In DepthBiomedicine

Doubts persist for claimed Alzheimer's drug

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Science  13 Dec 2019:
Vol. 366, Issue 6471, pp. 1298
DOI: 10.1126/science.366.6471.1298

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Summary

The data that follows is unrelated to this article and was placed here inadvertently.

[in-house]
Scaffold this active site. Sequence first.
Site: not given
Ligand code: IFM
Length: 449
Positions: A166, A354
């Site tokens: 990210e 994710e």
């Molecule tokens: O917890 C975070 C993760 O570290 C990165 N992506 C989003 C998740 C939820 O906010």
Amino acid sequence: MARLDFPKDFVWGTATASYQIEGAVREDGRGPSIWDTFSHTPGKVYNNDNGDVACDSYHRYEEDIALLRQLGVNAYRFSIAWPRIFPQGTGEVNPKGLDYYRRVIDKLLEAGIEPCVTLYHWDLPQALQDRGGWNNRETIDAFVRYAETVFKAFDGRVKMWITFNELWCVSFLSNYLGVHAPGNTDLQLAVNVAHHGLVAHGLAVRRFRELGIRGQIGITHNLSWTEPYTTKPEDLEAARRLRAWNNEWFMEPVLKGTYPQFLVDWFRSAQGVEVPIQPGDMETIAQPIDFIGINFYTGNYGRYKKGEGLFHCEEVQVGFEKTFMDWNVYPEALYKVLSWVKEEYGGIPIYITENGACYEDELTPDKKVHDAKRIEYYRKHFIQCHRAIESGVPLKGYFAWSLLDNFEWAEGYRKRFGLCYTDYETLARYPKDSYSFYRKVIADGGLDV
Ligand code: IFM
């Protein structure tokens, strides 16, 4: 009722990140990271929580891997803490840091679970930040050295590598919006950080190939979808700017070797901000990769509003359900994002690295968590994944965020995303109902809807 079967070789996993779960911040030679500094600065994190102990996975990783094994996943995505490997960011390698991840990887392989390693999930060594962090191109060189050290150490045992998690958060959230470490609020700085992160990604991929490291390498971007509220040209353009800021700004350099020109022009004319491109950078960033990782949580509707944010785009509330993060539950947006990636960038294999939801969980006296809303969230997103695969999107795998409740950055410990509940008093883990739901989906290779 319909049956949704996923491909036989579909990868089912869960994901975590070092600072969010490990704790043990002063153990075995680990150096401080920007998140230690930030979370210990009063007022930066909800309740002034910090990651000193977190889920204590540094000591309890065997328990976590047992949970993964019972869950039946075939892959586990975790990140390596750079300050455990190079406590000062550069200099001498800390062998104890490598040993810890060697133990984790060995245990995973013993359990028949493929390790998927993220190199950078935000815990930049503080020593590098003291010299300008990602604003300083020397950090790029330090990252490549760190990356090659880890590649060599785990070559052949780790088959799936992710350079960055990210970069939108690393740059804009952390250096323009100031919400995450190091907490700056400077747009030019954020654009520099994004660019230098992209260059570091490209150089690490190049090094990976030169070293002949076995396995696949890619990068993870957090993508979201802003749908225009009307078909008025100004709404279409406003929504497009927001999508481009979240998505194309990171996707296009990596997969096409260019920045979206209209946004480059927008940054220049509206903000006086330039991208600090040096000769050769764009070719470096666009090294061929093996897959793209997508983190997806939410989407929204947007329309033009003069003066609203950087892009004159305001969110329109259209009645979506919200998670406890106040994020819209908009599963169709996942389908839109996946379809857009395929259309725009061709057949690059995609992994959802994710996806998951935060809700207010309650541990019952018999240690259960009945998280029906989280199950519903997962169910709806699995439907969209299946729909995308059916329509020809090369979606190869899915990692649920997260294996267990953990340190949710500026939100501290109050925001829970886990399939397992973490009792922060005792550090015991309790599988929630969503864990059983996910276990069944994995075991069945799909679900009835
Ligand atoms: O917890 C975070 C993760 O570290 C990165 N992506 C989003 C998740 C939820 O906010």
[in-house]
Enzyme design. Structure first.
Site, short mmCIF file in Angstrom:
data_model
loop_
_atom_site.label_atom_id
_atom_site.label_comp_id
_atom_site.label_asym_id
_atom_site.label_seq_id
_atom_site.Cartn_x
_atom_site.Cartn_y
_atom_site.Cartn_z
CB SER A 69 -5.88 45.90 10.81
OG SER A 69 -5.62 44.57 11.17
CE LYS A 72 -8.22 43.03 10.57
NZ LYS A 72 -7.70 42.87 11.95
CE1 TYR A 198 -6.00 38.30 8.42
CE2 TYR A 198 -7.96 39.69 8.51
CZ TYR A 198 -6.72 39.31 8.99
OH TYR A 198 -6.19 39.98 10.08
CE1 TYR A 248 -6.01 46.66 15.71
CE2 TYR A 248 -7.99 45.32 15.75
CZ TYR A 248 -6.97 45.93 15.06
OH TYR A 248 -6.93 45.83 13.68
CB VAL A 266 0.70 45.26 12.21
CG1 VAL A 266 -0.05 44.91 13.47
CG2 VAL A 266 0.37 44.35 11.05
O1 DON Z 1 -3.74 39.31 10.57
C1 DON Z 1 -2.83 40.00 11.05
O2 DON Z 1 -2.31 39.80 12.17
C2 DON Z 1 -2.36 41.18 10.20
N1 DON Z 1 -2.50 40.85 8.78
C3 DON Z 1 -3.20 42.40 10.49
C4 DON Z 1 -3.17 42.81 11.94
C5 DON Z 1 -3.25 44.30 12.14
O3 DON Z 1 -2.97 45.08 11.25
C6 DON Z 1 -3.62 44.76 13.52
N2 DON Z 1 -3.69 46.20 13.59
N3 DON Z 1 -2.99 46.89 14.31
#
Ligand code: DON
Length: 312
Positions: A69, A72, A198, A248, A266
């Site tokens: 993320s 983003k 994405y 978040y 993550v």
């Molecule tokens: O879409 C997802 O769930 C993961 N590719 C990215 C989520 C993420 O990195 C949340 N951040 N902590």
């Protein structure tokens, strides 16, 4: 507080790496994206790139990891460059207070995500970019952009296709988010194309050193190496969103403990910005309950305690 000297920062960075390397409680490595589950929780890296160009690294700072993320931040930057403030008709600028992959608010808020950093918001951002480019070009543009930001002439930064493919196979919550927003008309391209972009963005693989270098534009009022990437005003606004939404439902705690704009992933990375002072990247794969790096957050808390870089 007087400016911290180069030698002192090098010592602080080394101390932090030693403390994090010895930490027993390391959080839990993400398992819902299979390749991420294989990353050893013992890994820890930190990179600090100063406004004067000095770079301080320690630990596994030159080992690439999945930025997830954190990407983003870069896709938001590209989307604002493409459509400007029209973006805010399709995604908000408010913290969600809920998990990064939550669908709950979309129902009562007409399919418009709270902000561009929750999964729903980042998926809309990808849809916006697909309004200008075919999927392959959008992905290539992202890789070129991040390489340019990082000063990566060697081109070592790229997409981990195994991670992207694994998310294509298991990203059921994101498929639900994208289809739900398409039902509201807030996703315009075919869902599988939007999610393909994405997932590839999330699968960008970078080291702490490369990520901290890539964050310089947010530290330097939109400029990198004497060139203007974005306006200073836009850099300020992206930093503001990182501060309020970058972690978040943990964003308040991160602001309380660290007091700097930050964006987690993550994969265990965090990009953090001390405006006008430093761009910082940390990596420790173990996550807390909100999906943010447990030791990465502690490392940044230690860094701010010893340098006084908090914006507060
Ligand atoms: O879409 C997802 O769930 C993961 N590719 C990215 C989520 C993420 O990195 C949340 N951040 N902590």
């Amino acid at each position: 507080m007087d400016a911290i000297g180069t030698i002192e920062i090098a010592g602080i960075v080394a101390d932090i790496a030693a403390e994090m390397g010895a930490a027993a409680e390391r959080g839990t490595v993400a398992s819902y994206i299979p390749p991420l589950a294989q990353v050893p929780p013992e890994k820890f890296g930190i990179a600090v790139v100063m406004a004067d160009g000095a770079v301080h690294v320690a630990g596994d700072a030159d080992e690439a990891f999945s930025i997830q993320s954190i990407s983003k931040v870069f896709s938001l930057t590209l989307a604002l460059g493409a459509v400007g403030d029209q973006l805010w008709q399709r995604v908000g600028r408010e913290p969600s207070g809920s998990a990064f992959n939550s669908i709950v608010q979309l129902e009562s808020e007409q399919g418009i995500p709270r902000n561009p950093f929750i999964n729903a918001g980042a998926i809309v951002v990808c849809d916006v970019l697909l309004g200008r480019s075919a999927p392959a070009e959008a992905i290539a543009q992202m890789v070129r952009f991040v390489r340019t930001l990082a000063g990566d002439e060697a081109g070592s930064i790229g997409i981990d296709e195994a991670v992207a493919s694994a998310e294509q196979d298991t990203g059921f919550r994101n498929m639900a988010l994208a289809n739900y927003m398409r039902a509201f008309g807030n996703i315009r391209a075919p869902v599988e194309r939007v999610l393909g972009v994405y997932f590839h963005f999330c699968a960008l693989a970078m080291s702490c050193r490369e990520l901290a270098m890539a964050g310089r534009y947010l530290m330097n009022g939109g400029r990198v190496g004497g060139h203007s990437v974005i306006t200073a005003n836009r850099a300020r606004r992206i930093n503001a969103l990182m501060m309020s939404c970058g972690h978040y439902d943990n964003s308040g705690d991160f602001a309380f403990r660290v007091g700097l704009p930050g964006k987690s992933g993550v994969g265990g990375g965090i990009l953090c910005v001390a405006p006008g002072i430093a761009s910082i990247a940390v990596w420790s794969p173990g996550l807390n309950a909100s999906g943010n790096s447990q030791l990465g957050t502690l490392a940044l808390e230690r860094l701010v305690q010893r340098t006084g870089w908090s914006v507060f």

Last week, Biogen gave its first scientific presentation in defense of its startling claim to have developed the first drug that can change the devastating course of Alzheimer's disease. At the Clinical Trials on Alzheimer's Disease congress in San Diego, California, Samantha Budd Haeberlein, Biogen's head of clinical development, tried to clarify what had emboldened the Cambridge, Massachusetts–based biotech to say in October it would soon ask the U.S. Food and Drug Administration to approve its antibody drug, aducanumab, even though the company publicly declared the drug a failure back in March. After examining more patient data, she explained, investigators found in one trial that the higher of two tested doses led to 22% less cognitive decline after 78 weeks than a placebo. However, the small margins separating the treated and placebo groups and the failure of a second trial leave some researchers skeptical.

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